Amazing Health Benefits of Coffee

Coffee. Java. Cup a’ Joe. Regardless of what you call your favorite cup, it turns out that coffee is good for you…for multiple reasons—according to very convincing research studies from the world’s leading health organizations—like Harvard Medical School and Johns Hopkins University.

So drink up and gulp down the eight undeniable health benefits of coffee

Coffee Lowers Type 2 Diabetes Risk

Sure, drinking up to 6-cups of coffee per day might give you a nasty case of the jitters, but researchers at Harvard School of Public Health found an upside to those coffee cravings when they reviewed a series of previously conducted studies. It turns out that drinking up to 6 cups of coffee (in 8-ounce servings) per day reduced the risk of type 2 diabetes by 33-percent.

Protects the Liver

If you regularly imbibe (2 to 3 alcoholic drinks per day), drinking more than 2-cups of coffee daily was shown to protect the liver from damaging diseases, like cirrhosis (or alcoholic liver disease). According to a Finish study, jointly conducted by Seinäjoki Central Hospital and the University of Tampere, coffee consumption decreased the liver-damaging enzyme GGT (or gamma-glutamyl transferase) levels by up to 50-percent.

Increases Energy Levels

A study conducted in PLoS One (via the Public Library of Science) claims that drinking 3-cups of coffee an hour before working out will increase energy,  improve endurance, and increase exercise performance. Findings linked caffeine ingestion prior to physical activity to improved motor skills, muscle contractions, and to greater stimulation of the central and peripheral nervous system.

Coffee Improves Memory

A study conducted by neuroscientists at Johns Hopkins University in Baltimore, found that moderate coffee drinking improved short- and long-term memory. The study tested the memory function by asking participants to view a series of images.

Findings revealed that individuals who drank the equivalent of 2-cups of coffee (8-ounce servings) beforehand better recalled the original images and successfully distinguished the initial images from similar images presented the next day.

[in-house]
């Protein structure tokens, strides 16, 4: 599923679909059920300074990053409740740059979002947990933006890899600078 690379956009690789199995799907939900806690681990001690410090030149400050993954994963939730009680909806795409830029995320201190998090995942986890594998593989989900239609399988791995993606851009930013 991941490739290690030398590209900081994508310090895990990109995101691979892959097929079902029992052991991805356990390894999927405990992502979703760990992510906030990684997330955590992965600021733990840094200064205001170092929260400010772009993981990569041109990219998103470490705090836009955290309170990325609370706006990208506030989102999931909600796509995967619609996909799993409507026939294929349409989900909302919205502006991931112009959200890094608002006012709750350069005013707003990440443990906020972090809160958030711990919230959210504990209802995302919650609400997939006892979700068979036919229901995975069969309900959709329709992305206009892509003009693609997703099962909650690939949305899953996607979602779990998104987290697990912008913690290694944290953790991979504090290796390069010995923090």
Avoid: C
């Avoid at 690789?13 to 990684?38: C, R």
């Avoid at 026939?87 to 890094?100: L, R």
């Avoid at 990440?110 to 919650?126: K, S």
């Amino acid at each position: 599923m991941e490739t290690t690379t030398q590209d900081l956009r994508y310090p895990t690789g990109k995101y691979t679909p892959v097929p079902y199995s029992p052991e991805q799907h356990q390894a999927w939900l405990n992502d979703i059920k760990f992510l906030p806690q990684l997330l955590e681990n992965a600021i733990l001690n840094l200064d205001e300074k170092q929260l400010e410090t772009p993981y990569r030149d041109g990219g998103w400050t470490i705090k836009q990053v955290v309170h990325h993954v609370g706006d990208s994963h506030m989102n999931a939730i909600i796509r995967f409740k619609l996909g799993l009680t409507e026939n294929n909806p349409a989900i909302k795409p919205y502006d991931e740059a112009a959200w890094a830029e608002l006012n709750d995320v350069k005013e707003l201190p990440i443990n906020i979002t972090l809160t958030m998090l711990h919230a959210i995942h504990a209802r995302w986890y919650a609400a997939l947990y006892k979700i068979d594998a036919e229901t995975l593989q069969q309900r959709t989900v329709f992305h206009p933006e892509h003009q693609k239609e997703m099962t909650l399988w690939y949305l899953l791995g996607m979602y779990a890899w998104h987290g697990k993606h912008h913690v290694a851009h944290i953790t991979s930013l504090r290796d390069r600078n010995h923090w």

Coffee Protects Against Gout

If you’re in the habit of drinking 4 or more cups of coffee a day, you may be lowering your risk of gout! Research funded by the Arthritis Foundation, found that the more coffee consumed—the lower the risk of developing the chronic joint condition. Drinking coffee lowered the levels of uric acid (which is linked to gout) in the blood in for male and female study participants.

Java Improves Mood

This research from Harvard School of Public Health will certainly make coffee-drinkers smile! Findings revealed that 3 to 4 daily cups of brew lowered the risk of depression in women by up to 20-percent due to increased production of “feel good” neuro-chemicals (i.e., dopamine and serotonin).

Coffee Reduces Parkinson’s Risk

Parkinson’s disease has long been linked to reduced dopamine-generating neurons in the brain, which cause muscular tremors, reduced movement, weakness, and facial paralysis.

However, a study from Harvard School of Public Health found that both men and women who consumed 3- to 4-cups of coffee per day (and no more than that) cut their risk of developing Parkinson’s disease by almost 50-percent compared to those who drank fewer cups each day.

Protects Against Skin Cancer

If you’re worried about skin cancer, you may just be doing your skin a favor if you drink java and slather on the sunscreen. A Harvard Medical School study out of Boston linked slurping 3 cups of caffeinated coffee daily to a 21-percent reduced risk of basal cell carcinoma in women and a 10-percent lower risk in men. Basal cell carcinoma is the most common type of skin cancer.

Julie Ching, MS, RDN, CDE

Julie Ching, MS, RDN, CDE

Julie Ching is a Registered Dietitian and Certified Diabetes Educator in Los Angeles. She decided to become a Dietitian after traveling through Europe, South America, and Asia and discovered a passion for food. She now works with people of all ages and varying disease states to improve their health. She is passionate about teaching people about nutrition so they can live their best life while still considering their cultural and socioeconomic backgrounds.